In Pennsylvania, a batch of 600,000 votes went 99.5% for Biden

bripat9643

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The only thing the Supreme Court can do, is to reinstate the dismissed case, and remand it back to the original court. They can't make any injunctive relief, because there is not enough evidence on the record for them to make that judgement.
While I think you right.... You don't actually know that. Nor do I. Go to trial and see. *shrugs*
Yep, that's what the Supreme Court is for. Let's just go there and see if this shit flies. <-- sarcasm
Why are all you turds trying so hard to obstruct the legal process if you are so confident about Biden's case?
What the fuck are you talking about?
Nobody is trying to obstruct Trump's efforts.

It's the JUDGES who are either dismissing or denying his cases, you stupid fucking idiot.
Spare us.
 

Dogbiscuit

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Slade3200

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You need to go get yourself a new detector, did you actually watch that video?

600,000 was the total of batches throughout the night.

Wtf is it with rightwingers and total inability to do some basic critical listening and fact checking?

I watched the video before I posted it.

I stand by what I said.
Are you claiming it’s true just because you heard trumps attorneys say it’s true? Here is a little tip. Stick to the stuff they say in court and not the stuff they say in public statements. There is a stark difference and there is a reason for that.
 

HappyJoy

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The only thing the Supreme Court can do, is to reinstate the dismissed case, and remand it back to the original court. They can't make any injunctive relief, because there is not enough evidence on the record for them to make that judgement.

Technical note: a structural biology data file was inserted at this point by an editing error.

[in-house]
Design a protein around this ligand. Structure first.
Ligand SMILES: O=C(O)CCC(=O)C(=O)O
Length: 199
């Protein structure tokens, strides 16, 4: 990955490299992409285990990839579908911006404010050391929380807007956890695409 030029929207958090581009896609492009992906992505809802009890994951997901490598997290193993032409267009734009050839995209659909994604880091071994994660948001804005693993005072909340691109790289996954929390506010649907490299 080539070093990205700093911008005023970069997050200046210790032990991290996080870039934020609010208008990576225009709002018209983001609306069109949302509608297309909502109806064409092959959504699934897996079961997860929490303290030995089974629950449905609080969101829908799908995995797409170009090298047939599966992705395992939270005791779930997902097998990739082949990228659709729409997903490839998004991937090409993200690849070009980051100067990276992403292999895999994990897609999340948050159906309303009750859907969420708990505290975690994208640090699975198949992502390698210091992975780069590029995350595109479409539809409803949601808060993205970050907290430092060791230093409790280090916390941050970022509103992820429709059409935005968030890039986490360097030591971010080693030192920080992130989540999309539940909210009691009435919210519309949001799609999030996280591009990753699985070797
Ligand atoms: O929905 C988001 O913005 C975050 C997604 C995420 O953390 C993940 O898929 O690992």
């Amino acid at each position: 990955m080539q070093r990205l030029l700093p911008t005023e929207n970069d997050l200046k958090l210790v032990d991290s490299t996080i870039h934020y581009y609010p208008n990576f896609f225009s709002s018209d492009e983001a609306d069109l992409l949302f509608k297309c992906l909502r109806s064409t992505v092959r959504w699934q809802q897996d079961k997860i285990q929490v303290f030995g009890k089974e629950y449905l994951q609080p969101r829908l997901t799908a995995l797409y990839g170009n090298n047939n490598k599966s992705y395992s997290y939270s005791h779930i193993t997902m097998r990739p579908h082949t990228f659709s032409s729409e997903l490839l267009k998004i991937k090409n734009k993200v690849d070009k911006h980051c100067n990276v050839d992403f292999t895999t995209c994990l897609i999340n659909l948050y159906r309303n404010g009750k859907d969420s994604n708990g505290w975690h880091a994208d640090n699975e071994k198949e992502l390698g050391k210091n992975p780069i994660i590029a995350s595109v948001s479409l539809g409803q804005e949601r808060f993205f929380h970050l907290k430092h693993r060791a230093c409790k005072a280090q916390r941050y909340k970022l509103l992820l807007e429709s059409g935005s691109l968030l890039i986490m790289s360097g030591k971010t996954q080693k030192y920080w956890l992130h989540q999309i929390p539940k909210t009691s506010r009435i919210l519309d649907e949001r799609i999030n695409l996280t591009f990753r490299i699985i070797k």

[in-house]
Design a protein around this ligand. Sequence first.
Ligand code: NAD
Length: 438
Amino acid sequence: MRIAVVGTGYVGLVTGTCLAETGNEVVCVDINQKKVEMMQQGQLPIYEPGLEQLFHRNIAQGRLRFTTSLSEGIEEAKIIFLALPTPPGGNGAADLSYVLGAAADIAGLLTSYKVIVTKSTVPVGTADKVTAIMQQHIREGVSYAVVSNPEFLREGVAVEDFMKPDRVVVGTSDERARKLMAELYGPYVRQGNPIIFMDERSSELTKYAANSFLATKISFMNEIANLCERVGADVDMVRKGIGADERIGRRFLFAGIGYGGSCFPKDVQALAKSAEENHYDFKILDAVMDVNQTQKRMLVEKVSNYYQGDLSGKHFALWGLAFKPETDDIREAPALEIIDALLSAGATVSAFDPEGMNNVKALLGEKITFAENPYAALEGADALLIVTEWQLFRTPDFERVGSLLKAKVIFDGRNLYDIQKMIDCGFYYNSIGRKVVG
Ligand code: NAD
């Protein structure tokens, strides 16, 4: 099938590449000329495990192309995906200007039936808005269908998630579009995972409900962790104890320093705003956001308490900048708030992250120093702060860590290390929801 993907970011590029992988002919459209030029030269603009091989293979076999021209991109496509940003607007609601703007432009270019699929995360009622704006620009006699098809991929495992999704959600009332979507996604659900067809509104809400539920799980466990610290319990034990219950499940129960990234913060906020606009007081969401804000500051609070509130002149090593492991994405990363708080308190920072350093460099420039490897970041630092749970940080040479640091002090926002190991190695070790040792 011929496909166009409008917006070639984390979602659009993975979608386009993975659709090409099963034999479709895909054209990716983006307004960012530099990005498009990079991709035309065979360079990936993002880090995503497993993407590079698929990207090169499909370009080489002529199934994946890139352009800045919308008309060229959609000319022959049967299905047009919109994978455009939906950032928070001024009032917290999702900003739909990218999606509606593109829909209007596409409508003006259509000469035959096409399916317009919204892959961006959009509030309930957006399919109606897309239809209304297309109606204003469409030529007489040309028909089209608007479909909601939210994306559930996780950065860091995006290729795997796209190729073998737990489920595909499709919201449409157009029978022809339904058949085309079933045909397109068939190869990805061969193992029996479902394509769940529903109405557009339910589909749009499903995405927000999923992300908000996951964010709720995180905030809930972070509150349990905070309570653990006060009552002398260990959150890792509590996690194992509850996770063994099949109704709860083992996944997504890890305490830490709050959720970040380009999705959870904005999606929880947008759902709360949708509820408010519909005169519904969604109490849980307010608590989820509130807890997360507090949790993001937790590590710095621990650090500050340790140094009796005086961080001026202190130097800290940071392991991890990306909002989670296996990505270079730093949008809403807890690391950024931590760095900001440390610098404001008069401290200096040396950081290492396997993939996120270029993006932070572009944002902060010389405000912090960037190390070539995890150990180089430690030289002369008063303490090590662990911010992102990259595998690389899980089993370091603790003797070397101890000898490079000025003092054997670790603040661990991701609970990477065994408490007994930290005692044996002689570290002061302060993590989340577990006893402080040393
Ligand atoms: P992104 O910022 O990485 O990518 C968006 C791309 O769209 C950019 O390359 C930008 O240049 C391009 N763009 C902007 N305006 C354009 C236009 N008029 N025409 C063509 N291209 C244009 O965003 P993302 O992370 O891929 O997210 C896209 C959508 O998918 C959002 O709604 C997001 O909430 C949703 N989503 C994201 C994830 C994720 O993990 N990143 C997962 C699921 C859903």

While I think you right.... You don't actually know that. Nor do I. Go to trial and see. *shrugs*
Yep, that's what the Supreme Court is for. Let's just go there and see if this shit flies. <-- sarcasm
Why are all you turds trying so hard to obstruct the legal process if you are so confident about Biden's case?
I'm not obstructing anything,. The courts are throwing out Trump's cases right and left for lack of evidence.
You're on this forum specifically to stop Trump's lawsuits. Who do you think you're kidding?
I am? How does being on this forum accomplish anything like that? I want Trump's team to file any pertinent law suits. Instead all they do is file frivolous lawsuits that get thrown out and waste everyone's time.
 

Blaine Sweeter

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For all the dumb asses, litigation takes time. You want these cases brought to trial in 3 days and if not.....

WHY HAVEN'T YOU PRESENTED ANY EVIDENCE!!!


Fucking idiots.
34 judges have thrown these respective cases out for lack of evidence and/or the cases were deemed frivolous.
You know more about this than 34 judges?
Link(s)? Show me what cases they were and give me the opinions of the Court and reasoning for dismissing.

It's what you're asking me to do. You do it.
Glady, you lazy-assed mo'fo: In Pennsylvania, a batch of 600,000 votes went 99.5% for Biden
 

HaShev

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In Pennsylvania, in the middle of the night, after they stopped counting votes and sent everyone home, they found a batch of 600,000 votes, and 99.5% of them were for Biden.

I think I'm detecting just a wee little bit of fraud here.

The mainstream media hasn't reported this, as far as I'm aware.

Nope. Nothing to see here folks. This is not the voting fraud you are looking for. Move along. Move along.

It's so easy to catch them because they are so greedy even in their cheating they can't throw a few bones the other way and you'll notice they forgot to throw a few third and forth party votes in with their ballot stuffing *L* in PA green party and Libertarian votes vanished only in the suspicious piles, but existed in small percentages in other counts. Even the occasional satirical write in vote disappears, you know the Daffy Duck or Mr Clean vote vanishes in ballot stuffing.
You know something is wrong in Philly if Doctor J. Or the Philly Phanatic gets no votes. *L*
 

meaner gene

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Do you really expect him to read those posts.